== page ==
Speaker 1 (11:18):

Some of them can do it. Some of them know how to manipulate the controls of the camera or the, the phone to have that do that. So it's a, it's a very strong tool for certain kids. It doesn't work for everybody. So don't be frustrated if you don't have a BCBA it's not a bad idea to talk to somebody in your orbit that might be able to help out a little bit like a teacher or some other kind of therapist, but certainly you can go to and sign up. We've, like I said, we take insurance, we take Medicaid and you can get connected to one of our BCBAs and they absolutely know how to help set this up and can answer questions about how it works and set up a program for you.

Speaker 1 (12:08):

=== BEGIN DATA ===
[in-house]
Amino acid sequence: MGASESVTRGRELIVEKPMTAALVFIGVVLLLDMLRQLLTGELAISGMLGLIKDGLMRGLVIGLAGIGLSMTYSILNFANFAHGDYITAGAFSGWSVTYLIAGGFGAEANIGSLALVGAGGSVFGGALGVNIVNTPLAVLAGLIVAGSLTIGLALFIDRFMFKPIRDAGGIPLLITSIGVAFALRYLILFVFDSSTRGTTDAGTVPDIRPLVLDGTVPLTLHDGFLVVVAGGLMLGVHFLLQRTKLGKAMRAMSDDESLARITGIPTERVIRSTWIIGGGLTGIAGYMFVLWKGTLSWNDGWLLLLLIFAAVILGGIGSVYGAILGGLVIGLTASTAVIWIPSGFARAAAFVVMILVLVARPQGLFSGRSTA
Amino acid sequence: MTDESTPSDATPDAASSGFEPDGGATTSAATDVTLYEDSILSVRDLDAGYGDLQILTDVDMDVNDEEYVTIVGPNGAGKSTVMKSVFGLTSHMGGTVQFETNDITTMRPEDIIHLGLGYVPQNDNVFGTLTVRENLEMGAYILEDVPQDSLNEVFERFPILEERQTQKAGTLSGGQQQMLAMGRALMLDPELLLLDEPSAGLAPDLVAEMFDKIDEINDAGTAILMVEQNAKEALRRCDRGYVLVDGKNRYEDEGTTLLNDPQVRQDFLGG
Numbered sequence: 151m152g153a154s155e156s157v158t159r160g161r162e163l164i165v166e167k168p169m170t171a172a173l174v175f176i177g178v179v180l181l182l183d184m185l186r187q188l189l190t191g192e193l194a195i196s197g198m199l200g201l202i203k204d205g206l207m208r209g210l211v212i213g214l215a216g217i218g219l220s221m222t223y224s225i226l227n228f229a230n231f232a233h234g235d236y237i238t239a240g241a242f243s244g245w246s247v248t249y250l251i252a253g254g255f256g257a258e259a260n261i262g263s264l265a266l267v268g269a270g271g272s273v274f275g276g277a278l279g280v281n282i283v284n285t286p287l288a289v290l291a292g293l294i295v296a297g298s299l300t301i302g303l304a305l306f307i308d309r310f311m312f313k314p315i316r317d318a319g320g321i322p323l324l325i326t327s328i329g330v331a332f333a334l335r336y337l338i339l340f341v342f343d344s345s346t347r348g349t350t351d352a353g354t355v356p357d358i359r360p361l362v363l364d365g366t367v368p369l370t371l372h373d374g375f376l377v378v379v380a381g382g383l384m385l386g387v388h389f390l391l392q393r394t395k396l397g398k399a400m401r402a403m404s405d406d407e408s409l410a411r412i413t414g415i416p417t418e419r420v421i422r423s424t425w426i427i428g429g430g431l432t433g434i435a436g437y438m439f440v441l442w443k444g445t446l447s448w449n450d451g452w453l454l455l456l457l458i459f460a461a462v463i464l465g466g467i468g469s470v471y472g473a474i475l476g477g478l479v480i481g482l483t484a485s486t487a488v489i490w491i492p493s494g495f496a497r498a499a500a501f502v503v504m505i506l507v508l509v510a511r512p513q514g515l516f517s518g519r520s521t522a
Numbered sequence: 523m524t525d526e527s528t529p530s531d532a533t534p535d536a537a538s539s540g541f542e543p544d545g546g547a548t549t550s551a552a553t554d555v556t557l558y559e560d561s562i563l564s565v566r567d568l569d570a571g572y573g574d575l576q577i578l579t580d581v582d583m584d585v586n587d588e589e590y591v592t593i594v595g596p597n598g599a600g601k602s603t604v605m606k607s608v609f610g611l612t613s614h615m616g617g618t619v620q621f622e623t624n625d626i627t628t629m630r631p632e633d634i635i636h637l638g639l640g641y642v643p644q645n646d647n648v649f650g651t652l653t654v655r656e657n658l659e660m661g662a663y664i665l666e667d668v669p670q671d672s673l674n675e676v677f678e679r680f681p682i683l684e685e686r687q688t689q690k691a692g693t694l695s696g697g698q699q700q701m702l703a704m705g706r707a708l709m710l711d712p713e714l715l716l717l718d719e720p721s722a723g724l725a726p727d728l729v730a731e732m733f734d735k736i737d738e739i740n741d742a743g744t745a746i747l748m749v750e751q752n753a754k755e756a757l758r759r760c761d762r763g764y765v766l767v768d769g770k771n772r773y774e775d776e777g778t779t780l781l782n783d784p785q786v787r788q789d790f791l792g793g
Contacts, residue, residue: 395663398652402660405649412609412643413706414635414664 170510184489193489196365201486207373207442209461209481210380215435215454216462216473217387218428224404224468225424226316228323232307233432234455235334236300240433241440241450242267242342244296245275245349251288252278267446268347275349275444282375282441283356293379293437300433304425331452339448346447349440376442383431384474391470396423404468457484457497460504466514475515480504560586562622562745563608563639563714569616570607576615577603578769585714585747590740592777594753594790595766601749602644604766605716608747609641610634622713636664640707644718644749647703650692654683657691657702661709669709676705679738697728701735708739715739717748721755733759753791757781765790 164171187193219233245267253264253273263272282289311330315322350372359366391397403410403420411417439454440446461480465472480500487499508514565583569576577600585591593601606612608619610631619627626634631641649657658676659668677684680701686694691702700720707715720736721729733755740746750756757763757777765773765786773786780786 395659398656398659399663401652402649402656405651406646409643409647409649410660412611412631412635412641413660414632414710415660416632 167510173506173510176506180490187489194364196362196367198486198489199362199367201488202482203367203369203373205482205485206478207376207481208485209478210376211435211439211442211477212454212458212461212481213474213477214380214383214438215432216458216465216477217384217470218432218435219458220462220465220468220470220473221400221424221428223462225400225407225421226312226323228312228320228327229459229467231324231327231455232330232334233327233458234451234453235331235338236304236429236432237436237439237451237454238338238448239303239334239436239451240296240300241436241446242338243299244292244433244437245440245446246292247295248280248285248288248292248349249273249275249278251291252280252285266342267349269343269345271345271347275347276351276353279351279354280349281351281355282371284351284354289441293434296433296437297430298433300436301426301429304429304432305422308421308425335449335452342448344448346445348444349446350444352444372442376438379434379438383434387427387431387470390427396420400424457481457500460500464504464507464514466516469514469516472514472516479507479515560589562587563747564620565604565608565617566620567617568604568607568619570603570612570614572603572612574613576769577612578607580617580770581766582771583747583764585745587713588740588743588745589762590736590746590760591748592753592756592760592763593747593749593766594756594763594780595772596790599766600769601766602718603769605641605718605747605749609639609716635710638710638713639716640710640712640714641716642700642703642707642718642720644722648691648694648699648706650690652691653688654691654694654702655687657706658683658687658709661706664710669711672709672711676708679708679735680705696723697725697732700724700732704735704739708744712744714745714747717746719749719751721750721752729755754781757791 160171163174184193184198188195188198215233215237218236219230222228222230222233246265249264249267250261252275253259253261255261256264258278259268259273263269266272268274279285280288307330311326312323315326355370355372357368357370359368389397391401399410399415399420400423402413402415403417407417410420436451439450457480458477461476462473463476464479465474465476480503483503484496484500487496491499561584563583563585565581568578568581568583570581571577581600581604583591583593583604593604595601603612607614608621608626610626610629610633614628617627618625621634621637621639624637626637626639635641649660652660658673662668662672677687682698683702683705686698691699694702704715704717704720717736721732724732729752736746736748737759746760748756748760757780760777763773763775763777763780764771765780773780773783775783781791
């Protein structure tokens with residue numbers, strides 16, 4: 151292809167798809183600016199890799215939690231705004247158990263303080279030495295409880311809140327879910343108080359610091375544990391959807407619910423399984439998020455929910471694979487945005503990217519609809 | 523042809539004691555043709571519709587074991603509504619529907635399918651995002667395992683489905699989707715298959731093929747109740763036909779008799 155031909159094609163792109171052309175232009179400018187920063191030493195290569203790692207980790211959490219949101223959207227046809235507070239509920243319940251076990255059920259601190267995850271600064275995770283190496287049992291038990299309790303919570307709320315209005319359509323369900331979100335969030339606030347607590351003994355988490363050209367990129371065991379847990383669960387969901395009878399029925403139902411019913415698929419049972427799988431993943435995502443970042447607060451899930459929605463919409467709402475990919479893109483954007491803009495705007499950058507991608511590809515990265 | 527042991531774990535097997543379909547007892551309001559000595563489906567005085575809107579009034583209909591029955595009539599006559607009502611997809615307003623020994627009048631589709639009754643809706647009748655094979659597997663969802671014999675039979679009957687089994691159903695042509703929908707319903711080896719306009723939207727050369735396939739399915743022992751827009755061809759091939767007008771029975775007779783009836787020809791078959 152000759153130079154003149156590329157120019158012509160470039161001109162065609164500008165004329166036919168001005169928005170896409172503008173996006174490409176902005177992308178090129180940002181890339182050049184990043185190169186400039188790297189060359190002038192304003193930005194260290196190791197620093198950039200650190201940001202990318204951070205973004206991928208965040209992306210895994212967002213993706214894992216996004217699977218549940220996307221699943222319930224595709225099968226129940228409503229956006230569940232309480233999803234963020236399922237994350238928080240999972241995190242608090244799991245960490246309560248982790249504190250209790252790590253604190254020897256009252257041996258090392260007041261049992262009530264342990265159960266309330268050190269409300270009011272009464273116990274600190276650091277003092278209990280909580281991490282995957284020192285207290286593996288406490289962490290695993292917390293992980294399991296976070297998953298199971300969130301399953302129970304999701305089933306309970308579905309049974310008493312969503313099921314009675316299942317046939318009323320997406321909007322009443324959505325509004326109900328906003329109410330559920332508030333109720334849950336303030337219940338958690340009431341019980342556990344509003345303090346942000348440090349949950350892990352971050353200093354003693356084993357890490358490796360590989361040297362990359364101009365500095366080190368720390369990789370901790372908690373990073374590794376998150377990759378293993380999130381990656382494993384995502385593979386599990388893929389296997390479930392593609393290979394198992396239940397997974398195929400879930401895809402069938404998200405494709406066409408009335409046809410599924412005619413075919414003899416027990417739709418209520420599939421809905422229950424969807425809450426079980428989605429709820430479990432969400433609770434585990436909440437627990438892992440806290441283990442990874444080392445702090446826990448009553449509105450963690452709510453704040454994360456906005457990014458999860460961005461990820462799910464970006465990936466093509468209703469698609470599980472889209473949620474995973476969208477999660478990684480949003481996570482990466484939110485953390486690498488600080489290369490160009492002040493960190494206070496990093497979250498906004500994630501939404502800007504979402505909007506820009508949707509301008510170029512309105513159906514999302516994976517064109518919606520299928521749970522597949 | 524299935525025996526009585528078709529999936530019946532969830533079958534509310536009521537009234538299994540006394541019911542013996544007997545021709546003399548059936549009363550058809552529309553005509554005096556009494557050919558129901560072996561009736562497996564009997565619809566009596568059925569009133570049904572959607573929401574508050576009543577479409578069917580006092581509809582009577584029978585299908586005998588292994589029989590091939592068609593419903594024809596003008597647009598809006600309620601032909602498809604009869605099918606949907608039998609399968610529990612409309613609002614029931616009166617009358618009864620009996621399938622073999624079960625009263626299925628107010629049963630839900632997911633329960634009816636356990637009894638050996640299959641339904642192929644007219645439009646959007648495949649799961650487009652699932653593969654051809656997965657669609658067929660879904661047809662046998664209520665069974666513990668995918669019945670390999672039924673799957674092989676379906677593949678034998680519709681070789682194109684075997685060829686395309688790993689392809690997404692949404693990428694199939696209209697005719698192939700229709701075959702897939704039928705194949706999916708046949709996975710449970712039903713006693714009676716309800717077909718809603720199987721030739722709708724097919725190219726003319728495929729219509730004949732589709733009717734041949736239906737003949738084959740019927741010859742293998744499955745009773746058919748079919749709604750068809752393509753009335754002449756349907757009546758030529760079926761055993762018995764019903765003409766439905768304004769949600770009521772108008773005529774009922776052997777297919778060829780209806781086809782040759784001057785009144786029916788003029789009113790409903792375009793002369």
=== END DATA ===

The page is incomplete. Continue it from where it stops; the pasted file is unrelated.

Just a quick reminder, I'm Adam Dreyfus, I'm the co-founder and chief science officer of AnswersNow is where you can go to find out more about us. See some of these videos, check out our blogs find out how we operate, but it's pretty simple. Our whole goal is to reduce the barrier of entry for you to access highly qualified clinicians. Master's level of board certified behavior analysts with years of experience working with kids on the spectrum. That's what we're all about is how do we make this knowledge more accessible? Originally we were just parent training, but now we do direct services to children and adults diagnosed with autism through this platform as well as parent training and text-based support. So I think that's about it for video modeling definitely go to A F I R M the afirm modules, which is where you can find out more about this for free. We try to provide access to as many free resources as possible. And I want to thank you for listening. Hopefully you're all doing well in these extraordinarily challenging times. And we look forward to talk to you next week.